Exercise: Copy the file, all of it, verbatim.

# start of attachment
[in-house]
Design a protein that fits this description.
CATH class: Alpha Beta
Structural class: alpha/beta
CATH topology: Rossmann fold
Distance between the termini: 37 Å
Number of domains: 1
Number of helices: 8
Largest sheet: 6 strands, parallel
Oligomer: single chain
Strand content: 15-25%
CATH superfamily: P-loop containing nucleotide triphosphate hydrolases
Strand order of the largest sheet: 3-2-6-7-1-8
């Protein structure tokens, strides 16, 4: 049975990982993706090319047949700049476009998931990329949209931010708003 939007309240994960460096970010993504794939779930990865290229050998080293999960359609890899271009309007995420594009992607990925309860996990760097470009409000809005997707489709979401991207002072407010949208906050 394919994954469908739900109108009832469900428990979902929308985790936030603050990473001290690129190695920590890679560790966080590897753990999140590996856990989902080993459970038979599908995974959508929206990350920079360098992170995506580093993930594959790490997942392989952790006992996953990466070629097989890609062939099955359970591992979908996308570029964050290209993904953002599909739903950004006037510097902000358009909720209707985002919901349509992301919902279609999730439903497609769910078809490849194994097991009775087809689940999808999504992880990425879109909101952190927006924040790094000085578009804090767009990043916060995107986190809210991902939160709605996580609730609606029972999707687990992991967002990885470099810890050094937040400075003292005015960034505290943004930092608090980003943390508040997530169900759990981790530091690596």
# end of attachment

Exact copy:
[in-house]
Design a protein that fits this description.
CATH class: Alpha Beta
Structural class: alpha/beta
CATH topology: Rossmann fold
Distance between the termini: 37 Å
Number of domains: 1
Number of helices: 8
Largest sheet: 6 strands, parallel
Oligomer: single chain
Strand content: 15-25%
CATH superfamily: P-loop containing nucleotide triphosphate hydrolases
Strand order of the largest sheet: 3-2-6-7-1-8
């Protein structure tokens, strides 16, 4: 049975990982993706090319047949700049476009998931990329949209931010708003 939007309240994960460096970010993504794939779930990865290229050998080293999960359609890899271009309007995420594009992607990925309860996990760097470009409000809005997707489709979401991207002072407010949208906050 394919994954469908739900109108009832469900428990979902929308985790936030603050990473001290690129190695920590890679560790966080590897753990999140590996856990989902080993459970038979599908995974959508929206990350920079360098992170995506580093993930594959790490997942392989952790006992996953990466070629097989890609062939099955359970591992979908996308570029964050290209993904953002599909739903950004006037510097902000358009909720209707985002919901349509992301919902279609999730439903497609769910078809490849194994097991009775087809689940999808999504992880990425879109909101952190927006924040790094000085578009804090767009990043916060995107986190809210991902939160709605996580609730609606029972999707687990992991967002990885470099810890050094937040400075003292005015960034505290943004930092608090980003943390508040997530169900759990981790530091690596």